Qualitative outcome analysis

Every trainer was contacted by an NDEP Coordinator and the following information was obtained: Attendance, participation of trainees in question and answer sessions, completion of pre- and post-test questionnaires, and the home assignments.

The course coordinator also obtained the feedback from the trainees on their understanding of the modules and collected their suggestions. They also provided feedback regarding the trainer.

The monitoring and general evaluation was done over telephone while the objective evaluation was done through a structured written questionnaire to evaluate the trainees as well as trainers.

   Results Top

Trainee feedback

Assessment of the feedback revealed that there was significant knowledge gain in all participants at the end of the program. The participants felt motivated to attend the training sessions as they gained new knowledge could directly apply the program content in their jobs. They also felt that materials provided in the training were helpful. Home assignments were viewed as being useful. Upon completion of the training program, the participants believed they could adapt the program knowledge to their own clinics and communities. They also felt more confident to conduct awareness program on diabetes prevention and control.

[Figure 1] shows that overall 91% of trainees attended all sessions and 93% received all the training materials provided. 95% of trainees stated that the modules met their objectives and 92% of trainees said they understand the material and course content [Figure 1].
Figure 1: Trainee feedback: A = Did you attend the session; B = Did you receive all the material; C = Did the modules meet their objective; D = Was the quality and content of the material provided appropriate for your understanding

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Regarding feedback on the practical cases, 14% said they were excellent, 43% reported they were very good, 29% rated them good, and 14% stated that it needed improvement [Figure 2].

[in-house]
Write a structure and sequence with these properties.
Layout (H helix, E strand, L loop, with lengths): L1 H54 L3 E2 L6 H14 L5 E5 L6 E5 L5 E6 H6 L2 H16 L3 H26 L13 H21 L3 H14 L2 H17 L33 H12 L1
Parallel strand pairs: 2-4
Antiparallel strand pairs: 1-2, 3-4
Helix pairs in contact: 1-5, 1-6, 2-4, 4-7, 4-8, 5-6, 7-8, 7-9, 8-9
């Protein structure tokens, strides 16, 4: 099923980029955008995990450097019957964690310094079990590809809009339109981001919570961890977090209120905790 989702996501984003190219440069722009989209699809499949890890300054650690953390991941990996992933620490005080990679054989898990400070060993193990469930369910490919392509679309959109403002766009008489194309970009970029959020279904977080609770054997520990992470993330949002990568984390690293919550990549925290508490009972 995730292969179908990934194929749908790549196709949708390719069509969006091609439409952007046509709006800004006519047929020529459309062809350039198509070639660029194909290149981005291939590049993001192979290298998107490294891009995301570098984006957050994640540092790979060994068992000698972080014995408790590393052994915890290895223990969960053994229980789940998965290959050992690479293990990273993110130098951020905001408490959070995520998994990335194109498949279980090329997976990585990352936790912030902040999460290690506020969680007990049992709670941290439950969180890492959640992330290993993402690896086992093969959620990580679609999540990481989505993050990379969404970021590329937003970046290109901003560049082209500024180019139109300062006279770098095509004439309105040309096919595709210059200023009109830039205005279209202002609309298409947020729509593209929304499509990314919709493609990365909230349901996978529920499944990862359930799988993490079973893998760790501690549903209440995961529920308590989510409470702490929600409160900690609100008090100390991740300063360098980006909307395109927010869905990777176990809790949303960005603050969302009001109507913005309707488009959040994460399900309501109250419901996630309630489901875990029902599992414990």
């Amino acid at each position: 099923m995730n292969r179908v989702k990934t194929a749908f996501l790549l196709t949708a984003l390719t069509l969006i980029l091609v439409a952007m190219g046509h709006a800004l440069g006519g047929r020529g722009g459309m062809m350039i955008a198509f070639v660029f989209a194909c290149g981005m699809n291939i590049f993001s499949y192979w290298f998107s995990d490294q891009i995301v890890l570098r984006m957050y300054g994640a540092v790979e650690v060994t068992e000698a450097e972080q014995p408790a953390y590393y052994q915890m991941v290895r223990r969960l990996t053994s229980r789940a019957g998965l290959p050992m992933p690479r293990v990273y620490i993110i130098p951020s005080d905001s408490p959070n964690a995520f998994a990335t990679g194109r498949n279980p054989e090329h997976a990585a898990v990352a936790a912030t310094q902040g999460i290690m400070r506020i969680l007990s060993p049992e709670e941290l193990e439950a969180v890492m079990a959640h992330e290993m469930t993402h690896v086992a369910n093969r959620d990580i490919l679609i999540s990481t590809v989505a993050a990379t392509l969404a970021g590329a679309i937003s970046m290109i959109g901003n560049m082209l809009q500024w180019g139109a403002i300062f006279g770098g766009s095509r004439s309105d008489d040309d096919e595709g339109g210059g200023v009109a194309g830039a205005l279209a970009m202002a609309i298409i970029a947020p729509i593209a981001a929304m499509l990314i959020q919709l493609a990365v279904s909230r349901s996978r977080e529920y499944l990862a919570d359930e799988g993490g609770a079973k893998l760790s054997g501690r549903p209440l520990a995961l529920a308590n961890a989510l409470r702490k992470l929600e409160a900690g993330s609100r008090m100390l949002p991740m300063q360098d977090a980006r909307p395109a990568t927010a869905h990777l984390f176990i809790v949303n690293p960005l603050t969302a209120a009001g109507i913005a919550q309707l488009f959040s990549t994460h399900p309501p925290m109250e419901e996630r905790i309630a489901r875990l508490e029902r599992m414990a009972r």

Figure 2: Feedback on practical cases

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Feedback on the role play sessions showed that 29% of trainees rated them as excellent, 43% participants reported these as very good or good, and 29% stated that there was scope for improvement [Figure 3].
Figure 3: Feedback on role play

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All participants completed the pre and post MCQs. 99% of trainees completed the home assignments and 98% of them participated in the interactive session [Figure 4].
Figure 4: Trainer's feedback: A = Was the participation of trainees interactive; B = Were the pre-post MCQ's completed; C = How assignment completed by trainee; D = Was the experience good or satisfactory; E = Was the educational material of good standard and quality

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   Discussion Top

Diabetes educators could play a vital role in coaching patients to manage their disease well, thereby reducing their risk of developing diabetes-related complications or need for hospitalizations. Diabetes educators use interpersonal and communication skills to develop a therapeutic alliance with patients and to translate complex medical and physiological information into practical, tailor-made patient-centered diabetes management plans and programs. In developed nations, a special cadre of diabetes educators provides the vital link between the physicians and the patient. Unfortunately, such a cadre of diabetes educators is virtually nonexistent in India. Socioeconomic, educational, cultural, and language barriers pose a significant challenge in the implementation of an effective program. [15]